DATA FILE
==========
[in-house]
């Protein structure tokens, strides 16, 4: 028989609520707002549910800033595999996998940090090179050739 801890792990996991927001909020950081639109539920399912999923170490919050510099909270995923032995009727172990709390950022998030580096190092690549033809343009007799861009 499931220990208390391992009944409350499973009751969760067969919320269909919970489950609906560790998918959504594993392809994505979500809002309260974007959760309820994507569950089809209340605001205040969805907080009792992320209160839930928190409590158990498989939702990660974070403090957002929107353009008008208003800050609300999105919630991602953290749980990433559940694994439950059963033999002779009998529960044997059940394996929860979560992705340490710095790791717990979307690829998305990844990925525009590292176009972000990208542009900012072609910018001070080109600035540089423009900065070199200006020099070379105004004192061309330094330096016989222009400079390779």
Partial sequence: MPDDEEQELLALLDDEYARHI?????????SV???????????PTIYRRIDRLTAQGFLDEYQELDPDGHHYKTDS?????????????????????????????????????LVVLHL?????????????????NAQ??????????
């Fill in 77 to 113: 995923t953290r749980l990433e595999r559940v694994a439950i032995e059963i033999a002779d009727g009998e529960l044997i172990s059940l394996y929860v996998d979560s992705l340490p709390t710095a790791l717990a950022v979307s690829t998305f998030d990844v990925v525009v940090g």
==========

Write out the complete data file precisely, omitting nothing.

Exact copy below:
[in-house]
């Protein structure tokens, strides 16, 4: 028989609520707002549910800033595999996998940090090179050739 801890792990996991927001909020950081639109539920399912999923170490919050510099909270995923032995009727172990709390950022998030580096190092690549033809343009007799861009 499931220990208390391992009944409350499973009751969760067969919320269909919970489950609906560790998918959504594993392809994505979500809002309260974007959760309820994507569950089809209340605001205040969805907080009792992320209160839930928190409590158990498989939702990660974070403090957002929107353009008008208003800050609300999105919630991602953290749980990433559940694994439950059963033999002779009998529960044997059940394996929860979560992705340490710095790791717990979307690829998305990844990925525009590292176009972000990208542009900012072609910018001070080109600035540089423009900065070199200006020099070379105004004192061309330094330096016989222009400079390779």
Partial sequence: MPDDEEQELLALLDDEYARHI?????????SV???????????PTIYRRIDRLTAQGFLDEYQELDPDGHHYKTDS?????????????????????????????????????LVVLHL?????????????????NAQ??????????
């Fill in 77 to 113: 995923t953290r749980l990433e595999r559940v694994a439950i032995e059963i033999a002779d009727g009998e529960l044997i172990s059940l394996y929860v996998d979560s992705l340490p709390t710095a790791l717990a950022v979307s690829t998305f998030d990844v990925v525009v940090g």